I have a friend who is a published author. She has a blog that is very popular (with my wife for instance) and can turn a darned lovely phrase whenever she has a mind. And she's a really nice person and I do not scruple to use the term "nice." You'll get the idea of what she's like when I say that I don't use the word "nice" in any shallow sense.
So I'm showing a fair amount of temerity to take on the task of reviewing the book that has propelled her onto, if not a global stage, then at least onto an off-and-on extended world tour. What if I don't actually like it? What if I violently disagree with it? What would my wife say? My objectivity and social life might come into conflict.
Well, they haven't. I haven't really anything negative to say about the book, try as I might. So I feel quite safe about saying the following.
The first thing that struck me about the book was its tone. It's a very gentle volume. To be sure there are times when Sarah is presenting harsh realities, but the style never varies from the warmth she establishes at the beginning by inviting the reader to metaphorically sit by her at a beach bonfire. It's a book meant to inspire, not argue, to encourage, not score points. The simple call at the beginning to join her at the campfire out of the place of warring issues just by itself speaks eloquently to the futile obsession we have about such things as doctrine or issues.
The name of the book Jesus Feminist, really only applies to part of the book. A lot of it could just as well be called Jesus: Friend of the Downtrodden and Jesus: The One Who Helps You Live. I, whom you'd think, as a man, should be reading this book from the outside, frequently was caught off guard by the simple wisdom and learned a thing or two, as the saying goes. Ultimately Sarah is doing her best to inspire women to come and be equal partners with men. But in the mean time, she's dishing up a lot of encouragement to any else who would want to join her at her bonfire.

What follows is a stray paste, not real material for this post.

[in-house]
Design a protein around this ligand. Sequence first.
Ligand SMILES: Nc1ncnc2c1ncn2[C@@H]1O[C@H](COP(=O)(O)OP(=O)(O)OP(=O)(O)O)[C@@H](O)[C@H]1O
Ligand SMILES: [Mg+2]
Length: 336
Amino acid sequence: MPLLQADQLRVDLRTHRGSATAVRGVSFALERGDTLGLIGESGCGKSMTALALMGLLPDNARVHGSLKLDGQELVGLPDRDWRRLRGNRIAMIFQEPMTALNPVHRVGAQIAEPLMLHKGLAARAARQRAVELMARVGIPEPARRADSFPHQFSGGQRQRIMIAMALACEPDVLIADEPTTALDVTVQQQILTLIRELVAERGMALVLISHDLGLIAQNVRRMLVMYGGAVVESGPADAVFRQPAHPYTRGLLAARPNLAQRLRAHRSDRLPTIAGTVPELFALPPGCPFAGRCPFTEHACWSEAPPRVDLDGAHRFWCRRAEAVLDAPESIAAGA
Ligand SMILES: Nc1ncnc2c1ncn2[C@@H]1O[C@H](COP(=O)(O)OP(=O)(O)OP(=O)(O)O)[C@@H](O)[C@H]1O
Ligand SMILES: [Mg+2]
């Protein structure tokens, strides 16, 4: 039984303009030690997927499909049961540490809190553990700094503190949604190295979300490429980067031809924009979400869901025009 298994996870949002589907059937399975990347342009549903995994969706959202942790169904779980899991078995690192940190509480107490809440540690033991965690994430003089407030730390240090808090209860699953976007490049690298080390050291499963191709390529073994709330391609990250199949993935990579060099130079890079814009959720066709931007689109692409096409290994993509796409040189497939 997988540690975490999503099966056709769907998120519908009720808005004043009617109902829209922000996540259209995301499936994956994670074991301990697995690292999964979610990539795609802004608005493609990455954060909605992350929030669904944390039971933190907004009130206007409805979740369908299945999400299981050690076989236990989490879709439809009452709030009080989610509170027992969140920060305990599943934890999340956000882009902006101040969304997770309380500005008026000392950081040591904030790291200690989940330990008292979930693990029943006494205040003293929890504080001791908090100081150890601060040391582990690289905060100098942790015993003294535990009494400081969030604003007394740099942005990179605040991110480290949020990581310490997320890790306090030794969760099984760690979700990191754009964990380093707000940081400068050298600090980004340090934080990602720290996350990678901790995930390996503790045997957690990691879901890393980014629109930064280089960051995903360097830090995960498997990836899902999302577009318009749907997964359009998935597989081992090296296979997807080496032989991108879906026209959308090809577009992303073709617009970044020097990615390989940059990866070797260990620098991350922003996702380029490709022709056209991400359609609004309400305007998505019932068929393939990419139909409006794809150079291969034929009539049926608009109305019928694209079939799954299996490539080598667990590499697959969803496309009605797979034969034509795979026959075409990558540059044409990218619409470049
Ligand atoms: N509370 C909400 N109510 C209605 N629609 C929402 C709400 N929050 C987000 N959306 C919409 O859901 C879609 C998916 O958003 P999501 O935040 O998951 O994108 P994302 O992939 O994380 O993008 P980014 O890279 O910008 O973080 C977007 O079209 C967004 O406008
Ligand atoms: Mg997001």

There are two or three chapters of fairly low-key case stating -- something for the proof texters to chew on. But this is not really why to read this book. You are probably already convinced of one side or the other and you will either find yourself in the choir being preached to, or in the crowd yelling "Crucify!"
Some of the book I skimmed for the opposite reason that I skim most Christian books. Most of the time I will skim a book when the presentation at the beginning is so bad that I view the unfortunate collection of paper in my hands as a complete write-off -- but for whatever reason I still have to finish it. Sarah's book got skimmed because I could see where she was going and needed no further elucidation. She already had me singing along pages ago.
Sarah's feminism should scare no one. This is not a placard waving manifesto. The title might be misleading to some on that point. This is an invitation to live and not even waste a "damn" on the torpedoes. More could be said. But this for sure. Good on you, Sarah!